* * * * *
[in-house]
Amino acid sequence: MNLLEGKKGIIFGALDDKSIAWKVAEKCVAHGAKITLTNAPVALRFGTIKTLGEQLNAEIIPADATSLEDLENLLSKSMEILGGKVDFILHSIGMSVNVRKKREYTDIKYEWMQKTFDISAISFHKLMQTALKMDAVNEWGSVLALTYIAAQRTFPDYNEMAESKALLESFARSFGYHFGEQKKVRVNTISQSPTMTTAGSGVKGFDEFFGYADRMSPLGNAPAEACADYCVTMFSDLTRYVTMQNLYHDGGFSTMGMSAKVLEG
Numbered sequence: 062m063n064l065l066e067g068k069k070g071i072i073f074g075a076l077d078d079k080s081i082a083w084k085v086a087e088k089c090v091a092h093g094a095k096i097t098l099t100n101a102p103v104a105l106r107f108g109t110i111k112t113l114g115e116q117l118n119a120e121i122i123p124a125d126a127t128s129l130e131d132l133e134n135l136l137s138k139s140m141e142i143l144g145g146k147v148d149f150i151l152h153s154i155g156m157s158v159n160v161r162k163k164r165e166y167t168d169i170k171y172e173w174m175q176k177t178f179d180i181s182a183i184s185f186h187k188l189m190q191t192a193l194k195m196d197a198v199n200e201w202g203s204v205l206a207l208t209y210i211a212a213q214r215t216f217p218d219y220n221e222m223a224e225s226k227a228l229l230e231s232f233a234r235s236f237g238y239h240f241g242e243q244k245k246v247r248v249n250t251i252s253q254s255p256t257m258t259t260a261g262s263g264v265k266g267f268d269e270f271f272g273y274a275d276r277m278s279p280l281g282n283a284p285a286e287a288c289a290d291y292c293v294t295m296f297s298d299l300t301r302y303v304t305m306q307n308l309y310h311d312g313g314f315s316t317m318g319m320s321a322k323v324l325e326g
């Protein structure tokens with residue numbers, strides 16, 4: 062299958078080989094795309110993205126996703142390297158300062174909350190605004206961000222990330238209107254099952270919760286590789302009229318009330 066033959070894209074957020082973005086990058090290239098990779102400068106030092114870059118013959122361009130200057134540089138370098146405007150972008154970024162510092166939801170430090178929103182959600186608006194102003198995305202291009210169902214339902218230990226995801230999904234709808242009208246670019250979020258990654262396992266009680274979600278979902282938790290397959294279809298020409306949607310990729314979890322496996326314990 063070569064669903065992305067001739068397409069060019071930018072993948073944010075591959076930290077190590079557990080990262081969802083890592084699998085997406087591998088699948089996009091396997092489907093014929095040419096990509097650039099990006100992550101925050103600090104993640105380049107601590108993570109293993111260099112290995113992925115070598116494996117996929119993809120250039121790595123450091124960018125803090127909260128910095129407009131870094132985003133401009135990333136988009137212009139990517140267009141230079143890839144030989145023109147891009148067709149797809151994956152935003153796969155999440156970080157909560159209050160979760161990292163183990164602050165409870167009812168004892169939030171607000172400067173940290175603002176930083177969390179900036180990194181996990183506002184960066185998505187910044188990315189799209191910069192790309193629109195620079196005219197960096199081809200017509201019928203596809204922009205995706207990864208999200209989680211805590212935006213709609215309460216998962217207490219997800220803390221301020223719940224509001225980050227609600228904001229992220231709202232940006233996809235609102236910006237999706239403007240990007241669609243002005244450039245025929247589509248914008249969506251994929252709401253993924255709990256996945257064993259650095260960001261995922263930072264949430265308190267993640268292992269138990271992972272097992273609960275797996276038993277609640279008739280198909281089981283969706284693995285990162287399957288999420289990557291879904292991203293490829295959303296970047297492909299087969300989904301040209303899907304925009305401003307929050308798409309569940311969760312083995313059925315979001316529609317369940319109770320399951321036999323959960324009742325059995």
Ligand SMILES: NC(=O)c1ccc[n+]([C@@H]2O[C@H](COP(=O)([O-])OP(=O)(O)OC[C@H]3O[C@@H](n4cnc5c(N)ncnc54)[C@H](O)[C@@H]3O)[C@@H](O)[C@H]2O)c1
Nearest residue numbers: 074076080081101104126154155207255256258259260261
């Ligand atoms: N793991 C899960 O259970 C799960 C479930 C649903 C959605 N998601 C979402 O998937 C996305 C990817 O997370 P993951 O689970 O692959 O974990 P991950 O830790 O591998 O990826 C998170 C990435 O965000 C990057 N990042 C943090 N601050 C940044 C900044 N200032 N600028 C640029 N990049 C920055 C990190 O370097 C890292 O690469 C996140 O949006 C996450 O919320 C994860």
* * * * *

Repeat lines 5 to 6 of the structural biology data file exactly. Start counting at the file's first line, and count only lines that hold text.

Ligand SMILES: NC(=O)c1ccc[n+]([C@@H]2O[C@H](COP(=O)([O-])OP(=O)(O)OC[C@H]3O[C@@H](n4cnc5c(N)ncnc54)[C@H](O)[C@@H]3O)[C@@H](O)[C@H]2O)c1
Nearest residue numbers: 074076080081101104126154155207255256258259260261